The theory of reasoned goal pursuit (TRGP)

A well-known psychological theory is the theory of planned behavior (TPB; Ajzen, 1991, 2012). This theory helps to predict, understand and influence human behavior. Much research has shown the effectiveness of interventions based on the TPB (see, among others, Steinmetz et al., 2016). 

However, a limitation of TPB is that it pays too little attention to the goals of individuals. In order to remove this limitation and thus broaden the applicability of the TPB, Ajzen & Kruglanski (2019) integrate the TPB with a theory about goals, the goal systems theory (GST) in a new article. 

The theory of planned behavior 

The TPB was formulated by Icek Ajzen (1985) as a derivative of the theory of reasoned action (TRA). The theory focused on the question of how intentions to behavior come about. Three factors were considered important determinants of behavioral intentions: attitudes, subjective norms and perceived control over behavior. Below is a brief explanation of those three determinants: 

  1. Attitudes: the expectations about the consequences of the behavior in question. The more positive those expectations, the greater the chance that the intention for the behavior would arise and the greater the chance that the behavior itself would also occur. 
  2. Subjective norm: the degree to which significant others display and approve the behavior in question. The more there is a stronger subjective norm, the greater the chance of the behavioral intention and the behavior. 
  3. Perceived behavioral control: the degree to which you feel that you are capable and have the opportunity to display the behavior. This depends, among other things, on your skills, but also on circumstances such as availability of time, resources and help. This factor was later added to the theory as a moderator. In other words, the degree to which the person experiences perceived control determines how attitudes and subjective norm are related to intentions. 

Integration with goal systems theory 

A limitation of the TPB is that it is only a bottom-up theory that takes behavior as a starting point and does not include the role of goals. But goals are central sources of motivation. In most cases, we will not judge behaviors from a vacuum for their attractiveness or desirability, but from the goals we have. Because the TPB does not explicitly include goals, the theory is especially useful in situations where individuals differ little in the goals they have and where the goals are implicitly assumed. By adding goals to the TPB, the theory can also be useful in situations where individuals have very different goals.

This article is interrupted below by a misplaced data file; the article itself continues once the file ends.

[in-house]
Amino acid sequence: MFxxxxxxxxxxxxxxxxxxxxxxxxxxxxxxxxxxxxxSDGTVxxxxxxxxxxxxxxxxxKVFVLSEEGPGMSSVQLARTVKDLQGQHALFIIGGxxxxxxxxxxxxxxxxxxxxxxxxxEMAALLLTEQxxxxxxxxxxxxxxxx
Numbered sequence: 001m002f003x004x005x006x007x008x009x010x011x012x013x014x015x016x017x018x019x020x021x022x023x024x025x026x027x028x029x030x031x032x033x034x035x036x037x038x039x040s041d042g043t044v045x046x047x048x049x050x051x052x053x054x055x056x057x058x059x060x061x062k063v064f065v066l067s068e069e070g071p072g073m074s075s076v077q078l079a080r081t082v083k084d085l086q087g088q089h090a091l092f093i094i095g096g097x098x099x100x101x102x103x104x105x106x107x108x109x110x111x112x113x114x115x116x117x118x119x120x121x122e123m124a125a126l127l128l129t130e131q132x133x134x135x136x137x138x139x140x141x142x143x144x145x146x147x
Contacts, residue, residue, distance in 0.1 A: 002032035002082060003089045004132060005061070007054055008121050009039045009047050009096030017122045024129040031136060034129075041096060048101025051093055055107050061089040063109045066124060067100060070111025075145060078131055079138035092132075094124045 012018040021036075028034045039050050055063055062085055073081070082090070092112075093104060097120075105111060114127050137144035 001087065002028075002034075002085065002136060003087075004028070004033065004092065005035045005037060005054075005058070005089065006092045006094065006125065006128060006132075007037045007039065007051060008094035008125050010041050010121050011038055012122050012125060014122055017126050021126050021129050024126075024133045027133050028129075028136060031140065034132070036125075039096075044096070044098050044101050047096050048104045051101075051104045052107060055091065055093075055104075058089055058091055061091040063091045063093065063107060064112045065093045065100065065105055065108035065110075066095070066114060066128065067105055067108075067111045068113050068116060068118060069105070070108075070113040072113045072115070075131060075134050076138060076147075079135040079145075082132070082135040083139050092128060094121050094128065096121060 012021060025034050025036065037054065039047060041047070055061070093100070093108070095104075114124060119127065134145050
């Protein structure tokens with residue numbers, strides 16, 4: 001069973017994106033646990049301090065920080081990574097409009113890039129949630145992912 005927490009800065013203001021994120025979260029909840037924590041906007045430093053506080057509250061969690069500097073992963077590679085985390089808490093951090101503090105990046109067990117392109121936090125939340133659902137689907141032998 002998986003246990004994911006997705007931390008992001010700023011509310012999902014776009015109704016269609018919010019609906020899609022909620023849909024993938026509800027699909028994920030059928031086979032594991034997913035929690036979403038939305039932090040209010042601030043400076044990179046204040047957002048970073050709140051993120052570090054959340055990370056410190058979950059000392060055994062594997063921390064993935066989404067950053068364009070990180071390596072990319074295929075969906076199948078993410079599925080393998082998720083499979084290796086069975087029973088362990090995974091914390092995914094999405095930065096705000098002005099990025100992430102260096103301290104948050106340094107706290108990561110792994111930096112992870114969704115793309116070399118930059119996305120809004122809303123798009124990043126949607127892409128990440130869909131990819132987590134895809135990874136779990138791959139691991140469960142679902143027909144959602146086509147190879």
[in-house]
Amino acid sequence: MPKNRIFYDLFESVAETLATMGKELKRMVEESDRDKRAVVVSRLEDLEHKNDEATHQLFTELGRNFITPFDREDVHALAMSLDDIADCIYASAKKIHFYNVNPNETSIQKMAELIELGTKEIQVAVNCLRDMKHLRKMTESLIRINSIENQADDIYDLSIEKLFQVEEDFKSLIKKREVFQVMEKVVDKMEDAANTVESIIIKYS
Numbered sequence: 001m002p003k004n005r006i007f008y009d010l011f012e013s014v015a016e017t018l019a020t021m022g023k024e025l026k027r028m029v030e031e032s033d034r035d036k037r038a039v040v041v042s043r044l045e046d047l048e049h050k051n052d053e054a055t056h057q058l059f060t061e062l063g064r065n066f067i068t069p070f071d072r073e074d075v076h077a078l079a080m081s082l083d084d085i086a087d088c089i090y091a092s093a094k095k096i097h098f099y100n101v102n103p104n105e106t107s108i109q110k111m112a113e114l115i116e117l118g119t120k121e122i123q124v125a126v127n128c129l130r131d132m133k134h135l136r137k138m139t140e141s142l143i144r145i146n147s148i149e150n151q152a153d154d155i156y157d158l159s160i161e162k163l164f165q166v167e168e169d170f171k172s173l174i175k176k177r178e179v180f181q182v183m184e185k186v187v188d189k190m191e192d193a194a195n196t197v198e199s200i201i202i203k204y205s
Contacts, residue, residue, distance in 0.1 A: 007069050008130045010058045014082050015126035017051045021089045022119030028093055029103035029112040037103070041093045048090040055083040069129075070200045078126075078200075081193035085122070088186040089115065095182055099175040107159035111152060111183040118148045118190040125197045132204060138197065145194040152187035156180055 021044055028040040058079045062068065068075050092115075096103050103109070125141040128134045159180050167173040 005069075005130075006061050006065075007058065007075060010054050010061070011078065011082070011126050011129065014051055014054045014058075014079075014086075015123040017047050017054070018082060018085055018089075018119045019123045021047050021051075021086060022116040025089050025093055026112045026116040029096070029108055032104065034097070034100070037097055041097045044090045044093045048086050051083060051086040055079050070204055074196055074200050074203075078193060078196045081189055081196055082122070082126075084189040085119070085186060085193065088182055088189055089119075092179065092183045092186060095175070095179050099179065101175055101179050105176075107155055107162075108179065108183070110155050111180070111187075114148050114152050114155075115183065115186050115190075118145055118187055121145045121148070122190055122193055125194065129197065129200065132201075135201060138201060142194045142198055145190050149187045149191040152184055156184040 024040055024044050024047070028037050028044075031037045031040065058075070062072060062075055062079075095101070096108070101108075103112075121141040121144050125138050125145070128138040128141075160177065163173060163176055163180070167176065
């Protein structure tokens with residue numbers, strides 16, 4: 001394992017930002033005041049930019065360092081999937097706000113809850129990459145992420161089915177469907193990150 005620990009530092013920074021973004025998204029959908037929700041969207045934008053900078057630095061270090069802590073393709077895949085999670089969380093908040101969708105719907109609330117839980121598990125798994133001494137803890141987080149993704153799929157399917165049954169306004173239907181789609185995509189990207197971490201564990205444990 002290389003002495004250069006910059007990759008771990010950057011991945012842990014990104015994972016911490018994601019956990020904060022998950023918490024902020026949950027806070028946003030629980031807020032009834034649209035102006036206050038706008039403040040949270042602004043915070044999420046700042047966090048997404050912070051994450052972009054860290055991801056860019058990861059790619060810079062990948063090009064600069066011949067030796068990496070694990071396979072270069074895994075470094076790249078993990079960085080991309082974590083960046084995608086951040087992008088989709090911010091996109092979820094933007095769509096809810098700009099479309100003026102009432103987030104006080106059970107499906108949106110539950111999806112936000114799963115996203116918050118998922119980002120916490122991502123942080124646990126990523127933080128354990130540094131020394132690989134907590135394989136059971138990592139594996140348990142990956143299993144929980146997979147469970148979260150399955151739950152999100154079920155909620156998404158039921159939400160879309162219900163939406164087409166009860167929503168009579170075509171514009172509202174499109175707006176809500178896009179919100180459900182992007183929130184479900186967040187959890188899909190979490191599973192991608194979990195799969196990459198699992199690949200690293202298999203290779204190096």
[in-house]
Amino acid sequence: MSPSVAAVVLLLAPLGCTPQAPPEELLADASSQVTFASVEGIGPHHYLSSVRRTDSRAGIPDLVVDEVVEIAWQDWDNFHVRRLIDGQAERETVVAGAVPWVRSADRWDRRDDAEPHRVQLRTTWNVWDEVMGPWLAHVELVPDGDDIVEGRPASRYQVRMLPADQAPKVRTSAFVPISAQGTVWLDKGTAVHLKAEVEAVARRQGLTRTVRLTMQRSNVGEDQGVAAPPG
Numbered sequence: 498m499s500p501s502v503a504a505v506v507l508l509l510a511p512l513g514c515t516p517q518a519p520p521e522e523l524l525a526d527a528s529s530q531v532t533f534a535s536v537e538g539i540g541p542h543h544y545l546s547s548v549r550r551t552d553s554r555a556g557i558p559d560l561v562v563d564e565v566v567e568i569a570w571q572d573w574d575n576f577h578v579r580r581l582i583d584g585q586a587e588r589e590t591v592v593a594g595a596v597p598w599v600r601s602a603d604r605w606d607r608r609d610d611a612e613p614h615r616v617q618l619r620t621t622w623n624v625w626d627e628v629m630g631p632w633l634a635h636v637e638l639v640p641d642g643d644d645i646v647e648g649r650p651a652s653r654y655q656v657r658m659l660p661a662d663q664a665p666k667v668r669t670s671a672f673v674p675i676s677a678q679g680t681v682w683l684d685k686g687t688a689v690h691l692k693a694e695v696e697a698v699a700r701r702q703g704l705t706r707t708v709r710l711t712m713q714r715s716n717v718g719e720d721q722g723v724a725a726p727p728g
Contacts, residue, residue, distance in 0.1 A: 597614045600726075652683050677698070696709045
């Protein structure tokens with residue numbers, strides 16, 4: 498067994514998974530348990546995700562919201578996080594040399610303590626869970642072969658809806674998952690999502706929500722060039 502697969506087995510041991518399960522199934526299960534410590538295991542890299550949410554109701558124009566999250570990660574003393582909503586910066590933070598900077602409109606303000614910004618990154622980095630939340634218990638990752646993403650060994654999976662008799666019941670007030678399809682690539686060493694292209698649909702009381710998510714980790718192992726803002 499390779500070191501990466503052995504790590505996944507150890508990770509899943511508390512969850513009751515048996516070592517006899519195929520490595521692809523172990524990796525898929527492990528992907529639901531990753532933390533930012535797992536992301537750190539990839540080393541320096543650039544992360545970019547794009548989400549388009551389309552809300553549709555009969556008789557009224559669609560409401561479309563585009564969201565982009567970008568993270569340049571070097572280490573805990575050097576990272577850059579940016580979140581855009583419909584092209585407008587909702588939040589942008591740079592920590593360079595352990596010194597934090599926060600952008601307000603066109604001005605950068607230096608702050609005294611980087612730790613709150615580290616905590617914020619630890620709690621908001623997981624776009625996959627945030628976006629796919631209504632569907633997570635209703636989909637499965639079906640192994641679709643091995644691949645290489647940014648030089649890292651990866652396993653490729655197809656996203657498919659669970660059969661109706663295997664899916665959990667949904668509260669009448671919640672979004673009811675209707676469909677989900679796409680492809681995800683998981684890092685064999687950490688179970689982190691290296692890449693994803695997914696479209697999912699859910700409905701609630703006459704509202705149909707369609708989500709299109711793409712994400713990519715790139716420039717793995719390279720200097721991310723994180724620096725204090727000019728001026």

The goal systems theory (GST, Kruglanski et al., 2002) is a top down theory that takes goals as a starting point. The theory assumes that we all have several goals that can also fluctuate. Due to characteristics of situations, goals can suddenly be activated, so that they strongly influence how we view the situation and how we want to behave. The GST distinguishes between two types of goals:  

  1. Procurement goals are goals we have because we expect them to bring us direct personal benefit.
  2. Approval goals are goals we have because we expect them to get us approval from important individuals or groups. 

Theory of reasoned goal pursuit 

The authors call the combination of the TPB and the GST the theory of reasoned goal pursuit (TRGP). In the figure below I summarize these schematically (this is my simplified but also slightly more extensive representation and a figure in the article by the authors). The figure also shows how consequences of behavior can affect goals and attitudes.